Another moment that stands out in my memory was when a friend read my Instagram profile aloud to me, starting with “white settler.” I remember physically cringing when I heard this; why was my race the most important thing for people to know about me? Wasn’t this what white nationalists believed? I never wanted to lie about or hide who I was, but what did my race really tell people about my life, my history, my values, my dreams or my work? What was race shorthand for? I edited my profile that night.
When enough of these moments had piled up and I finally realized I needed to leave the SJW subculture, I did so silently. I was worried I would lose all my friends and be labelled a bigot or even a white supremacist. I didn’t know who to talk to about my shifting politics and beliefs, and so I kept them private for years.
For awhile, I tried to leave politics behind me altogether. I got into tarot, astrology, and witchcraft, hungry for a framework through which to understand the world. After I got sick of the self-centredness and the historical revisionism, I dove into pop psychology, self-help and Instagram-flavoured wellness. But all that did was convince me my personality was a pile of flaws.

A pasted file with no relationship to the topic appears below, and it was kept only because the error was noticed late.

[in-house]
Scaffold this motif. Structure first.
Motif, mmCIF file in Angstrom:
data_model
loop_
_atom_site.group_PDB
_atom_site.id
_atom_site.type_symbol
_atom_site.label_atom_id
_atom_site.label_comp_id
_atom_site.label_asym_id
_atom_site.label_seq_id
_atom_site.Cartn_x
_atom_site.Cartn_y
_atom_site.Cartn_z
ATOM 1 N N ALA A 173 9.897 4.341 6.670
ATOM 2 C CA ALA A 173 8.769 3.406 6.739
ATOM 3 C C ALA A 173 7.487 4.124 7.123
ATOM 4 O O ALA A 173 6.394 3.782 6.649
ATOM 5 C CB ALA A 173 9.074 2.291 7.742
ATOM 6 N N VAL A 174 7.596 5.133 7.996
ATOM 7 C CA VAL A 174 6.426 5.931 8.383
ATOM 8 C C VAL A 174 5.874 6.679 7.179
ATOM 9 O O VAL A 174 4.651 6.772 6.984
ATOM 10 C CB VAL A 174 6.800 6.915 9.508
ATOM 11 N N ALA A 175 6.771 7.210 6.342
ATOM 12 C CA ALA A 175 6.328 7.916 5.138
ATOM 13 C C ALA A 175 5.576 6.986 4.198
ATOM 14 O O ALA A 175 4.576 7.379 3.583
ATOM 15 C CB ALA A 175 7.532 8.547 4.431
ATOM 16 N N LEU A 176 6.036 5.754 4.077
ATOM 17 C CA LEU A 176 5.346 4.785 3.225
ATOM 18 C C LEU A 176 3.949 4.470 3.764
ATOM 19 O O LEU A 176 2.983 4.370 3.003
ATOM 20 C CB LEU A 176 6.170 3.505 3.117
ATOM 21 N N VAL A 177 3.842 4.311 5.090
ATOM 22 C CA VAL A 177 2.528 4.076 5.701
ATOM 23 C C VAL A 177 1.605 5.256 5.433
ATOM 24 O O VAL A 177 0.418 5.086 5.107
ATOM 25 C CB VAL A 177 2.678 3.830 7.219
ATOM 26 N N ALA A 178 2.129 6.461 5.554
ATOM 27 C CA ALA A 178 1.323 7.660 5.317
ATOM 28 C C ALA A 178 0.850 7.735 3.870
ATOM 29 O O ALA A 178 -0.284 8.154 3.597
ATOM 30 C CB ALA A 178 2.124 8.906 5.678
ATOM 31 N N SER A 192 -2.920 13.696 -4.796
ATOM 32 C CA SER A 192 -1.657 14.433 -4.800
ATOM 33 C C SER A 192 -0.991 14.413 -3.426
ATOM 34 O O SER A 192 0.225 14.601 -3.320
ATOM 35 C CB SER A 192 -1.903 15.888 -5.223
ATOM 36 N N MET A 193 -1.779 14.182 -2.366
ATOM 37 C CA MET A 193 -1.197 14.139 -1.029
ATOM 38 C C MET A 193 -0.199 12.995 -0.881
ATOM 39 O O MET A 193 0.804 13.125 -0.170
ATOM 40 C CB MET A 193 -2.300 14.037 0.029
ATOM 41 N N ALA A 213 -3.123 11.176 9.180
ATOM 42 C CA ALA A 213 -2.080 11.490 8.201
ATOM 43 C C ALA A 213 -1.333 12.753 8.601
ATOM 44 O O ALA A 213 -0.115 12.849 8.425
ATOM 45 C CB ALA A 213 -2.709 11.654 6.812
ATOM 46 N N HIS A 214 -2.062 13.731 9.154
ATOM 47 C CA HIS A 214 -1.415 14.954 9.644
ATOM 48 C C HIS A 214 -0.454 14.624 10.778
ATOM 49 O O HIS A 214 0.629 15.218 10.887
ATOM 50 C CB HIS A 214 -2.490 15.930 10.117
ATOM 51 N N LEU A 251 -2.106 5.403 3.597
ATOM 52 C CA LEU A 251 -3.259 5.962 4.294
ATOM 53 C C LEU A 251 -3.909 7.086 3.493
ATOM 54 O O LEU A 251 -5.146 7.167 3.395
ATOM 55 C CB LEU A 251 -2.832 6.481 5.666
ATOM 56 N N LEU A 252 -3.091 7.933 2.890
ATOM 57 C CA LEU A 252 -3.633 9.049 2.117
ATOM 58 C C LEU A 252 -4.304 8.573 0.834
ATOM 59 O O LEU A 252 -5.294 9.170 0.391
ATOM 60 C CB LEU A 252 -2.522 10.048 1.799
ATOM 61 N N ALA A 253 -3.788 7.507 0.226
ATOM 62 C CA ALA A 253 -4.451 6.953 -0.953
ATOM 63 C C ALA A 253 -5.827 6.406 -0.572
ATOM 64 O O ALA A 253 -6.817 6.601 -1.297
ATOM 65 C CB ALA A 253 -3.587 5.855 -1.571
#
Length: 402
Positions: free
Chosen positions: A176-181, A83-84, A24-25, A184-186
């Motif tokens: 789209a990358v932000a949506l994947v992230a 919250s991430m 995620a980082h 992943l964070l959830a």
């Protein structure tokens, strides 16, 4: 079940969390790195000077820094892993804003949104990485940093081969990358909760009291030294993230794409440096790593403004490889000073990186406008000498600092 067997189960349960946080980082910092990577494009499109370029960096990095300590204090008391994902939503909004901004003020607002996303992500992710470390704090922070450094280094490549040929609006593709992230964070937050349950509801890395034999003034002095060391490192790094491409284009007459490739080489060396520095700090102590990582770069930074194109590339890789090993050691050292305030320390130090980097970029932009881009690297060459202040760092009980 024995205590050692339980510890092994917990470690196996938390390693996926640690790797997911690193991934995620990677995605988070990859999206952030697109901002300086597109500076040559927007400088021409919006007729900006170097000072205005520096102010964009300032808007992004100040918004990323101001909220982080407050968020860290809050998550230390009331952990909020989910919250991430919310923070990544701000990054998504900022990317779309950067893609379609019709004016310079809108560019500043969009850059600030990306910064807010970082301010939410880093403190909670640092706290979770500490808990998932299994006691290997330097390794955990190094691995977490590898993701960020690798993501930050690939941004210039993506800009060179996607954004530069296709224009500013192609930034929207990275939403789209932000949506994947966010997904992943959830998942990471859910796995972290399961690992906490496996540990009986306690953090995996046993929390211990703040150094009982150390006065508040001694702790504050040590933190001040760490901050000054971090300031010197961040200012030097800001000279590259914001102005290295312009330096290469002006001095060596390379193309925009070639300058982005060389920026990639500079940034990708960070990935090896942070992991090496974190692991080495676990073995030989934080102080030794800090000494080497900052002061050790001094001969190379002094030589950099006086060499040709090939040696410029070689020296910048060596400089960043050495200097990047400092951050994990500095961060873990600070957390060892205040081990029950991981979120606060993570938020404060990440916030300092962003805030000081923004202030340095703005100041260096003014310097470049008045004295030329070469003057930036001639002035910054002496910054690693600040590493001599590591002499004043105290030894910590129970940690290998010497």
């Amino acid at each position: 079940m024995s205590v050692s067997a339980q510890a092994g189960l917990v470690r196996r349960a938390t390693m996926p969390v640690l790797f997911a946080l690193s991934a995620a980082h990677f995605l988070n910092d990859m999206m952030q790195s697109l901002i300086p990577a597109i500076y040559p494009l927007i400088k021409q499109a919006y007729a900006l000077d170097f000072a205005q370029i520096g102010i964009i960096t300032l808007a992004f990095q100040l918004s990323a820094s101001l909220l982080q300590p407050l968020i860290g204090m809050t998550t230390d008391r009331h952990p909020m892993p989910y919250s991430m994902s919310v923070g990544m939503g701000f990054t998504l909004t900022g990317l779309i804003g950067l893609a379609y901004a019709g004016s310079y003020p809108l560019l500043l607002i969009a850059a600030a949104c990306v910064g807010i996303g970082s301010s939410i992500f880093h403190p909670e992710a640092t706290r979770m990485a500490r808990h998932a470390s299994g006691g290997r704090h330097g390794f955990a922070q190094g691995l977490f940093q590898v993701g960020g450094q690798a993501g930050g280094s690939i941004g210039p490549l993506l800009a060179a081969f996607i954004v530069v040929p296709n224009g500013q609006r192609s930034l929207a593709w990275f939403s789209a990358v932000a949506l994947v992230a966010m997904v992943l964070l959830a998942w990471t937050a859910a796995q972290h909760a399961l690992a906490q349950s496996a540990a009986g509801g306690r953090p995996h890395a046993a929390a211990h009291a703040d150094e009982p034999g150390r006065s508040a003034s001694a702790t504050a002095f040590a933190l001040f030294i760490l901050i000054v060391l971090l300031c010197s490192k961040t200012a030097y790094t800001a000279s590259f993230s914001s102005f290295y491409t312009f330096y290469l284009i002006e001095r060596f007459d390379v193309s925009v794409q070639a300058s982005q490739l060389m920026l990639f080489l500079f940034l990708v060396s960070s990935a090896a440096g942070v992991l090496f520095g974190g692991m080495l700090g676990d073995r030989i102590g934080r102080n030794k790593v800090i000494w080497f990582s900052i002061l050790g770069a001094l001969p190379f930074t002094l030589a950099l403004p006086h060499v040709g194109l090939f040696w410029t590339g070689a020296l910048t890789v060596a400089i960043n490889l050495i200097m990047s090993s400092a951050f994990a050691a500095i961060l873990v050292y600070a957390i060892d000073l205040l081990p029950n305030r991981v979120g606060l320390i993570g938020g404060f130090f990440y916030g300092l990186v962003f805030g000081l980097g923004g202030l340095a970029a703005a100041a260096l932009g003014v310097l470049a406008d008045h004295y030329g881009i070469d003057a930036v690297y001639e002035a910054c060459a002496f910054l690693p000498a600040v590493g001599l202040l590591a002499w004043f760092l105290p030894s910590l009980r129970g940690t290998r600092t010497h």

I was still desperate to be different, exceptional, special. Being an outsider was my most cherished identity, and I was convinced the solutions that brought stability and happiness into the lives of normal people wouldn’t work on me. Until I tried them, that is. I began to practice good sleep hygiene, eat nutritious food, and exercise. I took psych meds for awhile. I started gardening and took in a relative’s pet rabbit. I spent time doing activities that I enjoyed, ones that had no measurable effect besides pleasure. I made friends who hadn’t known me at my most dogmatic, some of whom had never been sucked into the SJW world at all. Emotional intensity was no longer my default—my therapist told me I didn’t need to keep coming. I felt my life stabilize, and even hard things started to get a little easier.